Métis-child decision is an abuse of law

Re: “Foster parents lose emergency motion to keep Métis girl,” Sept. 30.

The Child, Family and Community Service Act defines the rights of children by defining the best interests of children. Many of these deal with children who are taken into care. These rights do not cease once a child is a ward of the province.

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The guidelines were drafted with advice from child-development experts and support best practices. No one right is paramount, and judgment is to be used in balancing the various rights according to circumstances.

Highly important are timeliness, continuity of care, kinship contact and protection of aboriginal culture. Timeliness means young children should not be kept in limbo for more than three months if possible and absolutely not more than one year as defined in temporary care. When siblings come into care from a family where they have lived and bonded together, a section in the act recommends placement together if possible.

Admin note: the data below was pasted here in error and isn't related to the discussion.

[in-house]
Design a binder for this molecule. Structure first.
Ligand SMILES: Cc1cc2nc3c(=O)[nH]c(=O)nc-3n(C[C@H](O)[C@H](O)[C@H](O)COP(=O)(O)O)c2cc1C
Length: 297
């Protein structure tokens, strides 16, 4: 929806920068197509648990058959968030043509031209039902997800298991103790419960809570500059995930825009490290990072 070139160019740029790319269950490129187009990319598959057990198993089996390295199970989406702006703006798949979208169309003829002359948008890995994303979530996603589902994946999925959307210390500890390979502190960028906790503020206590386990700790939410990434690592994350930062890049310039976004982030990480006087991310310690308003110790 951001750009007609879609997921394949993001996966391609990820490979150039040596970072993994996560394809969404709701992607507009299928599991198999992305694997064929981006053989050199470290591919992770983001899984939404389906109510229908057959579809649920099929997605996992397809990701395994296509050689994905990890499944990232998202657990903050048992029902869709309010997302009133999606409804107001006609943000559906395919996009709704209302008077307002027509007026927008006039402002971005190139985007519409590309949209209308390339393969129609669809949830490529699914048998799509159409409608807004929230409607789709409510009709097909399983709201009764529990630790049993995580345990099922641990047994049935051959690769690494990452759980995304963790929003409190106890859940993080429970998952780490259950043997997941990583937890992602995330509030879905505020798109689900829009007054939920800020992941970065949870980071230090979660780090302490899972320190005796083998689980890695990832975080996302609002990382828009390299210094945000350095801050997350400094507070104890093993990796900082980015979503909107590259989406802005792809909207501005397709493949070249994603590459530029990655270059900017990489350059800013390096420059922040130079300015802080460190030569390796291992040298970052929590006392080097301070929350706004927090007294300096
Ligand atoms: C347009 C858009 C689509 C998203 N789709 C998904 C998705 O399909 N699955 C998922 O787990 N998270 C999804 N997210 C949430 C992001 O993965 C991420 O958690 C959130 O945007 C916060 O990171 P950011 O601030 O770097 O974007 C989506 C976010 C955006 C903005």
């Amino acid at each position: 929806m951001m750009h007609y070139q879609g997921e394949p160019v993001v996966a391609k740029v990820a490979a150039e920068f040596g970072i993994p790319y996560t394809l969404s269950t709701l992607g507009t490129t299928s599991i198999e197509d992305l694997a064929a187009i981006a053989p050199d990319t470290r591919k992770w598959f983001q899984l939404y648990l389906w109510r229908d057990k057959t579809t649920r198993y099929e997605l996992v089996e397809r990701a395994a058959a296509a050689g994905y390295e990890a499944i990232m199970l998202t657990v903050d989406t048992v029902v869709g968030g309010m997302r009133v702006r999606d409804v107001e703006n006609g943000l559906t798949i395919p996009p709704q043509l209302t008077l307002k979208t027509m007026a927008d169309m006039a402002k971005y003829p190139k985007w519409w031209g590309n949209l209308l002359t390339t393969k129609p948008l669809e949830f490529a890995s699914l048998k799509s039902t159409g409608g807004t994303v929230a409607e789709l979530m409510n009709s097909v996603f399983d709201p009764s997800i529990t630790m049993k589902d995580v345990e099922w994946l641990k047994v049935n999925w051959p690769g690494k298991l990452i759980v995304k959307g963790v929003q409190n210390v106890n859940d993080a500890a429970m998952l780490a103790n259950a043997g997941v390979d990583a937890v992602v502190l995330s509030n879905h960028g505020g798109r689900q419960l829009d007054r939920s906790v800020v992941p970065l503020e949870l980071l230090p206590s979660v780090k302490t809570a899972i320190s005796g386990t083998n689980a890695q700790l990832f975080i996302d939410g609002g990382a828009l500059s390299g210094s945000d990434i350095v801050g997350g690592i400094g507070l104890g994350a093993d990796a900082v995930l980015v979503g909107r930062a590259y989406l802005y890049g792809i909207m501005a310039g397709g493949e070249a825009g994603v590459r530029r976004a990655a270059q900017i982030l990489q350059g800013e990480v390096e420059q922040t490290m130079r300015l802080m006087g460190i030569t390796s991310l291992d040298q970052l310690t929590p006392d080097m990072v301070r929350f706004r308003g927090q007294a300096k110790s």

With the Métis foster child, this is not the case. The siblings and their caregivers are strangers. There will be no mysterious benefit from placing her with them.

On the contrary, all the other best-interest clauses will be shattered, and the little girl will suffer serious harm. The plan is an abuse of administrative law and is perverse and vindictive.

Ray Ferris


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